Interest in Arctic Russia is not confined to hydrocarbons. According to Burakova, the estimated value of Arctic minerals stands at $1.5-2 trillion. In addition, 25 mines were already operating in Arctic Russia in 2006. Most were nickel-copper mines; but tin, uranium and phosphate were also being extracted. There are also abundant placer deposits on the continental shelves, of which gold and tin are economically most important. Placer diamonds, amber and fossil ivory are also present. Of the bedrock deposits, a few tens of millions of tonnes of lead-zinc carbonate deposits have been located on the Novaya Zemlya Archipelago. Manganese is mainly associated with carbonate ores in Permian deposits in Novaya Zemlya, which are estimated to contain three billion tonnes of ore to a depth of 500m.

Of particular interest are the huge deposits of nickel, which were discovered at Pechenga in Finland in the 1930s. After the war, Norilsk Nickel plant became the largest mine in the Russian Arctic, best known for its high levels of pollution (mainly sulphur dioxide), which caused major health and environmental problems and created a barren area for kilometres around. The plant was closed in 2008 because of this extreme pollution. In July 2007, the last measurement of SO2 concentrations at the monitoring stations showed a median value of 7500 milligrams sulphur per cubic metre for one hour, more than 20 times more than the maximum recommended level of 350 milligrams per cubic metre. Later, the Norilsk Nickel plant amalgamated with the Severonickel and Pechenganickel plants in the Kola Peninsula. Although the conditions encountered at the Norilsk Nickel plant were extreme, they are typical of many of the smelters in Russia, which are surrounded by barren areas stretching for miles. As a result of SO2 emissions, Arctic haze is a common phenomenon in northern Russia. Norilsk Nickel is now one of the biggest mining groups in the world. In 2007, it produced 18.8% of the world’sNnickel, 46.3% of the world’s palladium and 12% of the world’s platinum.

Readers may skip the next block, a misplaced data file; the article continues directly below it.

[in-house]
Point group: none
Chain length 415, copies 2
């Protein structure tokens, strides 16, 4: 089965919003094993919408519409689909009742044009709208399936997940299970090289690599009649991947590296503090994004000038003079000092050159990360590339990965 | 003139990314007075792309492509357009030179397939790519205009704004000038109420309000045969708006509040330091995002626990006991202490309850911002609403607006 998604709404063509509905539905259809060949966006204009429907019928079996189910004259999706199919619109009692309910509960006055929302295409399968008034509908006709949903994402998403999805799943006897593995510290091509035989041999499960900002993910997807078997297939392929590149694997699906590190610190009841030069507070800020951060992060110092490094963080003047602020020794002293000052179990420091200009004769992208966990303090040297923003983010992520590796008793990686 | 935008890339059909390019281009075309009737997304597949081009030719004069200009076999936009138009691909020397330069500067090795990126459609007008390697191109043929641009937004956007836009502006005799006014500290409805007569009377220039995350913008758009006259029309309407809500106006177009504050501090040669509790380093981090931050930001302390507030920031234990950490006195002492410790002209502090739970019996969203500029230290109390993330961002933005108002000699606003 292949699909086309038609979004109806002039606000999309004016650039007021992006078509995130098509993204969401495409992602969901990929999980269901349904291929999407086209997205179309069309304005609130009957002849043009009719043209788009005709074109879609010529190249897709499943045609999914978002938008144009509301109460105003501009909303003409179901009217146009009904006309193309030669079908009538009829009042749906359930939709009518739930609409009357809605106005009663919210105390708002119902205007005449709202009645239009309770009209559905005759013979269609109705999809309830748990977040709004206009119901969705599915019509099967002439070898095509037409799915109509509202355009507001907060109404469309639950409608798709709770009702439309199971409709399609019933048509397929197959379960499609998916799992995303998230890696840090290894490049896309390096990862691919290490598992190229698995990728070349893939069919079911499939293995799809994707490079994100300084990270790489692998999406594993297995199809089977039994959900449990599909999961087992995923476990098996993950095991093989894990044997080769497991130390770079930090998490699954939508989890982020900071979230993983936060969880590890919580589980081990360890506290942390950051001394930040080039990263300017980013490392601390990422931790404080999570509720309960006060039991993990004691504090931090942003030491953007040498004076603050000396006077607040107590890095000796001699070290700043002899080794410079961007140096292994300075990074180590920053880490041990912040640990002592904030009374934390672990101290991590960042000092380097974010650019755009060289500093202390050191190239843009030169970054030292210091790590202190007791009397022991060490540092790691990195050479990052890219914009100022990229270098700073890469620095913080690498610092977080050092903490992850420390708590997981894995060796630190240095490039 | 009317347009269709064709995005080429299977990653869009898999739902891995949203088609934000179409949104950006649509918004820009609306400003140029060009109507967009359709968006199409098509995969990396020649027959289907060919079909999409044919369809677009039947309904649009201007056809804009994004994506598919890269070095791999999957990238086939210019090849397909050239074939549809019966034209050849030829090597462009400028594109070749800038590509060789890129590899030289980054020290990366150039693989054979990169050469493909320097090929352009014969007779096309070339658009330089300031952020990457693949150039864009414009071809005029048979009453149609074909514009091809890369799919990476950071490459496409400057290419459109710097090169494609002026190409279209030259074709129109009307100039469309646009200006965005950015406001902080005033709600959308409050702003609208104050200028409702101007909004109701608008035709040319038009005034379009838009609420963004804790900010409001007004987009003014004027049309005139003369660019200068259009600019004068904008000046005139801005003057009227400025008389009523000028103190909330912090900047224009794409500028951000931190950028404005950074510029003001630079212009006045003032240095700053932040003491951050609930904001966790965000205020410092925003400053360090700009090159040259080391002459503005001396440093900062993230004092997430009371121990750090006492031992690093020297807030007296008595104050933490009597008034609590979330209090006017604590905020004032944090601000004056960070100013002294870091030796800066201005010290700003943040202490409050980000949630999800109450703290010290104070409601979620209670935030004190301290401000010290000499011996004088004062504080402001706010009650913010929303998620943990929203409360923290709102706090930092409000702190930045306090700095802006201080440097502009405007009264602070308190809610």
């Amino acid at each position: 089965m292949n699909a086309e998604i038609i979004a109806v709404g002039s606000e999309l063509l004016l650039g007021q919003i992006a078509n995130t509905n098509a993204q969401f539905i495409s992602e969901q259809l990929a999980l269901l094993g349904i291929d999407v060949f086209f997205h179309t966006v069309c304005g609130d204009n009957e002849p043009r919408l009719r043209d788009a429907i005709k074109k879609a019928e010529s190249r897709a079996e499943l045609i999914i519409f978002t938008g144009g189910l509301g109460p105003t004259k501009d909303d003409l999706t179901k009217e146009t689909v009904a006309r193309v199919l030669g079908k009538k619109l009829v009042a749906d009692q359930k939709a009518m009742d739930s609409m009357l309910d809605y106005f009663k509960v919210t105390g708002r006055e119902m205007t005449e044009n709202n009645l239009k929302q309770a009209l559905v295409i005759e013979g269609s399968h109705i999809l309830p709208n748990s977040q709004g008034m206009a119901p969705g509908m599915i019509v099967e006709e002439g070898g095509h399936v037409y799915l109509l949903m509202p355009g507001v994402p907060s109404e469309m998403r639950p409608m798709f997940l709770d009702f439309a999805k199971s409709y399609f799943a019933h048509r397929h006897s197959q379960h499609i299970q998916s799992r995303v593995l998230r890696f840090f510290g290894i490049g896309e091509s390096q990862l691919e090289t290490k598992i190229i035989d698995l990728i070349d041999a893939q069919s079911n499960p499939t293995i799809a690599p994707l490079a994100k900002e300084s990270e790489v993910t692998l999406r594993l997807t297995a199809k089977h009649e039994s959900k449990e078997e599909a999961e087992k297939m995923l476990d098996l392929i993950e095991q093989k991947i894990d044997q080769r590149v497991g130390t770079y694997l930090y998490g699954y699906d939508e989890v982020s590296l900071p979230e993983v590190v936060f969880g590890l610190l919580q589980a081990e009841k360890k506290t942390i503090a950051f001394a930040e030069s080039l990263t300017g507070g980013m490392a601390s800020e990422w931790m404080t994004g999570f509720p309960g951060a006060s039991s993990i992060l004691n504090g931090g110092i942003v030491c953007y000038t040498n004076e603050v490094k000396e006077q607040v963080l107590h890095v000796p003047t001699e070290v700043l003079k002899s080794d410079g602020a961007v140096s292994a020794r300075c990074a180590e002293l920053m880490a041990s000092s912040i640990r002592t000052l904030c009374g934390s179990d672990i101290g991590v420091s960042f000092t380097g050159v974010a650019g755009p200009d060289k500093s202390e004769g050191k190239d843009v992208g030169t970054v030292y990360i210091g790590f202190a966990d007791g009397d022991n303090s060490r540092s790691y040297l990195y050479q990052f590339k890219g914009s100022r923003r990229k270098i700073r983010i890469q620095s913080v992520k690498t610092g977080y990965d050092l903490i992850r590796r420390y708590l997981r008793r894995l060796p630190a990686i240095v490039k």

The nuclear-powered icebreakers served as a symbol of Soviet technological power for many decades. Today, this fleet is used to aid ship navigation in the seas north of Siberia and for elite tourism. Here the “Taimyr” and “Vaigach” are in con

Environmental pollution